There follows a long list of examples, including this one:
[T]there may be good reasons for the president to move slowly. Historically, American presidents have rarely gotten far ahead of public opinion on civil rights issues, and the few times they have, they've paid a substantial price for doing so.
During the first two years of his presidency, John F. Kennedy refused to support civil rights legislation, which would have alienated the Southern Democrats who had proved vital to his election in 1960 and whom he was likely to need again in 1964. Kennedy even declined to fulfill his campaign promise to eliminate racial discrimination in federally subsidized housing "with the stroke of a pen," leading civil rights critics to deluge the White House with ballpoint pens in their "Ink for Jack" campaign.Concluding,
It was only the momentous street demonstrations in Birmingham, Ala., and other Southern cities in the spring of 1963 that prompted Kennedy to act on civil rights. After opinion polls found that the percentage of Americans ranking civil rights as the nation's No. 1 priority had increased to 52% from 4%, Kennedy went on national television to announce that civil rights was a "moral issue as old as the Scriptures and as clear as the American Constitution." That summer, the administration introduced groundbreaking civil rights legislation, which was enacted into law the following year.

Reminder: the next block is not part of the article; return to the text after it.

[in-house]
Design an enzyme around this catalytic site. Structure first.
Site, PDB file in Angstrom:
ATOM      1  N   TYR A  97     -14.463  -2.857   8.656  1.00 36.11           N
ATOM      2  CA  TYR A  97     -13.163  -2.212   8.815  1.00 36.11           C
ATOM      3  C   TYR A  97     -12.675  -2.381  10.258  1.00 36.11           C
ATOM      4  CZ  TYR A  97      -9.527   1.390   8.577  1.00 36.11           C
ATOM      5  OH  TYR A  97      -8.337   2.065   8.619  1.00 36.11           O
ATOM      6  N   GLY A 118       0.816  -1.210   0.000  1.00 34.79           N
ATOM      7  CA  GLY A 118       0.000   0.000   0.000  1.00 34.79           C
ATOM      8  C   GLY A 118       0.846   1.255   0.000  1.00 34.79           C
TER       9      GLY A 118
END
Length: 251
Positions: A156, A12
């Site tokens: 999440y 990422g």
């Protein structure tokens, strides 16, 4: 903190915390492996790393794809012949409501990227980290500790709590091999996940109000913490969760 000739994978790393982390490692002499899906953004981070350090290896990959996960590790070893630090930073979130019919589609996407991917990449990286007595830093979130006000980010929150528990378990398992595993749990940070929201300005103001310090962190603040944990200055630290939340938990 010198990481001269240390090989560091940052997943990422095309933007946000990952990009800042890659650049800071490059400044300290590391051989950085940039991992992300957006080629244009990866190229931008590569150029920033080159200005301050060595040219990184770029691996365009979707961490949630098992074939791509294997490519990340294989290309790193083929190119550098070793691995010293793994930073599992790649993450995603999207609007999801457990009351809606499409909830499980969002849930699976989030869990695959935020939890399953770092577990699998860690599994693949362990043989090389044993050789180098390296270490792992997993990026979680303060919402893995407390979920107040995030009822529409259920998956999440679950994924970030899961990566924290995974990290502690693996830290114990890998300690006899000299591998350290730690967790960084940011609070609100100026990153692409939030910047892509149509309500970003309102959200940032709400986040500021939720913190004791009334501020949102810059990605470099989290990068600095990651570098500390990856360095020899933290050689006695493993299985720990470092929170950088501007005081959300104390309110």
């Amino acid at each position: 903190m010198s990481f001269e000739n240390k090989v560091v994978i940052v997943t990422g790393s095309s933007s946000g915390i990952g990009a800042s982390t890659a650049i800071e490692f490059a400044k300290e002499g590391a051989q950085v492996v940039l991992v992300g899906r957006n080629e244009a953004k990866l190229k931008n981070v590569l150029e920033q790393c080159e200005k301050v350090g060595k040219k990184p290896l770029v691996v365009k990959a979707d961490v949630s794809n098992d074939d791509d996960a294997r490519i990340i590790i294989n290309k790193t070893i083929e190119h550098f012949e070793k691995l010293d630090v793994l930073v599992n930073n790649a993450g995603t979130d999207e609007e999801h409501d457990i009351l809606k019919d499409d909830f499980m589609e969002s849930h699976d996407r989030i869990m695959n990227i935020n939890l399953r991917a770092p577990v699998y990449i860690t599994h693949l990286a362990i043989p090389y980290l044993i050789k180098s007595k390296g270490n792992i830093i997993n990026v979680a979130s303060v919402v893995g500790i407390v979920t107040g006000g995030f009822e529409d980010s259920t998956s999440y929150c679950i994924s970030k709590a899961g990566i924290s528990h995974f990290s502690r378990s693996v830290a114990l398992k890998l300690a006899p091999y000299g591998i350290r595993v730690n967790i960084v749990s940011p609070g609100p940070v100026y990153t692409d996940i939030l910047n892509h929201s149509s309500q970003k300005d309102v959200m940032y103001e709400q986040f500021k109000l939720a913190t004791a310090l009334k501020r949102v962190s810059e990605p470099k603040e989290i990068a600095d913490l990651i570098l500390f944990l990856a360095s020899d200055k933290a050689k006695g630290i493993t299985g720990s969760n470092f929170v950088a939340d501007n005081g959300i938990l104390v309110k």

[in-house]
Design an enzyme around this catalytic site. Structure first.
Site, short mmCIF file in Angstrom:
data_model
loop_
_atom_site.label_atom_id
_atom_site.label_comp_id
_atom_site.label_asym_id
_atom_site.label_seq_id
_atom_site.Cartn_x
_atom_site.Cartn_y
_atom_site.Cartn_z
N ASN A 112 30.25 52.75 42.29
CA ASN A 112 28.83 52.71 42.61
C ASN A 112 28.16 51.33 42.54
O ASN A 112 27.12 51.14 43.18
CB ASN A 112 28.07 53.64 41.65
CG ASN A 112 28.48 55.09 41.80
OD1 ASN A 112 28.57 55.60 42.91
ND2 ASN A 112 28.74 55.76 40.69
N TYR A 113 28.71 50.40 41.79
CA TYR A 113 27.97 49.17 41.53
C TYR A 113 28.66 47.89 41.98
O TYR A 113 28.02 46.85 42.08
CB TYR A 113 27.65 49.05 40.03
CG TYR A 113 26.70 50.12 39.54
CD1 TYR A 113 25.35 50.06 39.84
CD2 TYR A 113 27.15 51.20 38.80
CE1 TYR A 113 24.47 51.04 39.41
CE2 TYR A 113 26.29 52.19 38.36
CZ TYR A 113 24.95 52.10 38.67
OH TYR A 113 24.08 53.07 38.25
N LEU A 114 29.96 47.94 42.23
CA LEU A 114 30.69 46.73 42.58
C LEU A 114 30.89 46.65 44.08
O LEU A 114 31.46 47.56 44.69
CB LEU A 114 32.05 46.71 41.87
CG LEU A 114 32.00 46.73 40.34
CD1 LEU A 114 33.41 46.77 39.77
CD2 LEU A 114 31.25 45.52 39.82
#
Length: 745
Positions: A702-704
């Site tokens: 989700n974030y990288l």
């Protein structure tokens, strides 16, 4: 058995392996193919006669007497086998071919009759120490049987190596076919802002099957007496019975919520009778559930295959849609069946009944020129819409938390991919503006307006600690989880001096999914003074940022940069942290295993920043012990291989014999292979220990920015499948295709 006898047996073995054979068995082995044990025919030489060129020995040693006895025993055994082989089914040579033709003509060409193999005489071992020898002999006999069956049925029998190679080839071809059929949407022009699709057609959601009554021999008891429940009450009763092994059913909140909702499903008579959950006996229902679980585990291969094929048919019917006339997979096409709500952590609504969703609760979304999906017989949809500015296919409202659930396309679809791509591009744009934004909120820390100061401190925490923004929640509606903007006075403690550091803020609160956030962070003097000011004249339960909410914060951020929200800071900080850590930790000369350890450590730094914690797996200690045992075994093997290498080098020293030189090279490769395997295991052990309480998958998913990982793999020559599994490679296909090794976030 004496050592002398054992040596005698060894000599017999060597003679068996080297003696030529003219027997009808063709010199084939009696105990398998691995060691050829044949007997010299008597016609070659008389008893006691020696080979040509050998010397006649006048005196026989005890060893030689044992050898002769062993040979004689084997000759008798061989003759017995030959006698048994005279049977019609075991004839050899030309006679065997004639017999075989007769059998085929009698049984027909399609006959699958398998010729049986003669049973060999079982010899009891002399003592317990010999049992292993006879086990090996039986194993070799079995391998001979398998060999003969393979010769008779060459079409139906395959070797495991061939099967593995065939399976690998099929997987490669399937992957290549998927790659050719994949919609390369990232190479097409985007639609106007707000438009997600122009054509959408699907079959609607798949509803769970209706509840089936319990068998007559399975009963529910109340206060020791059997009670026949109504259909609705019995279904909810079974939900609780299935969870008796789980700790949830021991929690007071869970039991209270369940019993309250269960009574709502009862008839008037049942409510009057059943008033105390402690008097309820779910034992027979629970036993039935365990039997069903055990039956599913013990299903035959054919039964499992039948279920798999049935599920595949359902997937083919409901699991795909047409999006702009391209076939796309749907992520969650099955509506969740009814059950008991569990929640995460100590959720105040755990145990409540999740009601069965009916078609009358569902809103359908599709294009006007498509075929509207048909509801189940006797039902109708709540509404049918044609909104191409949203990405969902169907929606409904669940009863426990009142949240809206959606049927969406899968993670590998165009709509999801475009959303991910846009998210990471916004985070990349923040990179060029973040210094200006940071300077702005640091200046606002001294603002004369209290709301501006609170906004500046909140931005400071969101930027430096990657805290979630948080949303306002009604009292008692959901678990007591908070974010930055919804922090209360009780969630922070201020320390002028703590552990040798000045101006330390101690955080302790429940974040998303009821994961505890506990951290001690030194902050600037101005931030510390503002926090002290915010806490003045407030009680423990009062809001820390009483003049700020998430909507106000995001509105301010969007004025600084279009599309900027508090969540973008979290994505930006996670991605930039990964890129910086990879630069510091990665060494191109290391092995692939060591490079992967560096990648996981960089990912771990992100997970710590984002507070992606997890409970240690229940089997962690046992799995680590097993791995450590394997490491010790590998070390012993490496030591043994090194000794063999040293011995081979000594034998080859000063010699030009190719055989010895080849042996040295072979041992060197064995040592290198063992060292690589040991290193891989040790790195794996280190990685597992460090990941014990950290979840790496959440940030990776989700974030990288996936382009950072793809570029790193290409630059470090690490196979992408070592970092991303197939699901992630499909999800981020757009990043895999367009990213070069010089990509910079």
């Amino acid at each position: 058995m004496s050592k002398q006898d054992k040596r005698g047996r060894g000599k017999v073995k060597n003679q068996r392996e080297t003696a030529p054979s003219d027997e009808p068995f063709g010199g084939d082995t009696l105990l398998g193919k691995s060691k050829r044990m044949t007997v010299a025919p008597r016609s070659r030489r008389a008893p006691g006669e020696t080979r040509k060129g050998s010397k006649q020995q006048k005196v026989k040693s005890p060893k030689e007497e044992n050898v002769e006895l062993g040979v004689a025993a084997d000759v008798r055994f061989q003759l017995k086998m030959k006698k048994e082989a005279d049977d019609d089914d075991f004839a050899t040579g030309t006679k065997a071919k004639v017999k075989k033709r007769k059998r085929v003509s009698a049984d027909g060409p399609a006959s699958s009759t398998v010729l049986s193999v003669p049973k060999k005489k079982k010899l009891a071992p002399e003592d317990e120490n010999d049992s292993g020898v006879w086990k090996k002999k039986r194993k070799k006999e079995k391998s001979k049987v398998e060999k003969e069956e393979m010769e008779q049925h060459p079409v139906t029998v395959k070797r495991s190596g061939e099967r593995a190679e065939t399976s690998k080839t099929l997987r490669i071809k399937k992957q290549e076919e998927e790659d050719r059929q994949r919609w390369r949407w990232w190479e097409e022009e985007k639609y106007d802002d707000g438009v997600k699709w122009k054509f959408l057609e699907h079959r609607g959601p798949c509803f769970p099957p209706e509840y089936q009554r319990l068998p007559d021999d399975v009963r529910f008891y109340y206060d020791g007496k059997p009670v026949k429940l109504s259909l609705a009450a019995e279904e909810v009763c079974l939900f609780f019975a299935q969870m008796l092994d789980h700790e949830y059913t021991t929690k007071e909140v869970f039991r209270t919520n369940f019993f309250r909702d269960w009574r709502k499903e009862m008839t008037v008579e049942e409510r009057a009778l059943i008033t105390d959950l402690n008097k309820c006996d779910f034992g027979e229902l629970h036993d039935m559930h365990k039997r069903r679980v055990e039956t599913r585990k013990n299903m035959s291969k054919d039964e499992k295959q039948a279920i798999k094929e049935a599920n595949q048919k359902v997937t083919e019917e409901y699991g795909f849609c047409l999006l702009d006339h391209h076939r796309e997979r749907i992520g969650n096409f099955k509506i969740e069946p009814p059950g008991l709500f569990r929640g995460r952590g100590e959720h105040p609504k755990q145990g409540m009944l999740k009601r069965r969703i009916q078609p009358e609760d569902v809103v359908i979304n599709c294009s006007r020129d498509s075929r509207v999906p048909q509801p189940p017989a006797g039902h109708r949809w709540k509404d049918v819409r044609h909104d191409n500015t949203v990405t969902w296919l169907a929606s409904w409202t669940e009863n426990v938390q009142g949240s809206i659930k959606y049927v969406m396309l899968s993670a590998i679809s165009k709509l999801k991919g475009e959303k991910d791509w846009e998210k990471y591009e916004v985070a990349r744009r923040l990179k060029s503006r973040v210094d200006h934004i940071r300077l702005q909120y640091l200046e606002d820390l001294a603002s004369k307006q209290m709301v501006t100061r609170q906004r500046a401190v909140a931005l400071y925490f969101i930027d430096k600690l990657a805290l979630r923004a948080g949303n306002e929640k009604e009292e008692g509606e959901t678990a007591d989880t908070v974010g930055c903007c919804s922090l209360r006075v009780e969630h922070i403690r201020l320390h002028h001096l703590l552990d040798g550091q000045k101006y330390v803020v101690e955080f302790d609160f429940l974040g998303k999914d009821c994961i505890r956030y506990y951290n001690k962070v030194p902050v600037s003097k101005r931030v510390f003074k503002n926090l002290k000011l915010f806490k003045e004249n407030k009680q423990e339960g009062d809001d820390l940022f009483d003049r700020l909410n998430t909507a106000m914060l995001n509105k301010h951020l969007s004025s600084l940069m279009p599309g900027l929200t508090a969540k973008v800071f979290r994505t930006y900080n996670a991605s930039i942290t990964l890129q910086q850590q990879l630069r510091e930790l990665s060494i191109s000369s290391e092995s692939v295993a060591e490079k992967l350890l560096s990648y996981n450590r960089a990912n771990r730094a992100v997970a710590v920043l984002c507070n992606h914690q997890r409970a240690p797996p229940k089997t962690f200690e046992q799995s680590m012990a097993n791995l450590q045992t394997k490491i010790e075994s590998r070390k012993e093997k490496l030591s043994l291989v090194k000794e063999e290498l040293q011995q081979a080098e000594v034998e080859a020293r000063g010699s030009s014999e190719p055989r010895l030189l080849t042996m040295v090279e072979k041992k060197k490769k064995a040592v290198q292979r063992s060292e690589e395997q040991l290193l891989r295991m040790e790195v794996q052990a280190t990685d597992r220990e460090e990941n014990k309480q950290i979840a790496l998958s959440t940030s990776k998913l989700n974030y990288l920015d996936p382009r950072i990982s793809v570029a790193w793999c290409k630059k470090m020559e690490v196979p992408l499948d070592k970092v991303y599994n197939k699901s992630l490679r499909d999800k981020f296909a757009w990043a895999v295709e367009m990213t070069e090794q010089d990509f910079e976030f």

. So much for fierce advocating.
Should Obama be reelected in 2012, he almost certainly will endorse gay marriage during his second term. By then, a majority of Americans, and an overwhelming majority of Democrats, will support the practice. Could Obama shift his position before 2012 without endangering his chances at a second term? Possibly.
But in many of the states that proved to be battlegrounds in the 2008 presidential campaign — Ohio, Indiana, North Carolina, Virginia, Florida — majorities still oppose same-sex marriage. A presidential pronouncement in favor would rally conservative opposition and could prove crucial to some swing voters. For many political progressives who believe that the issue already may have cost Democrats one presidential election (and, with it, two Supreme Court appointments), the risk isn't worth taking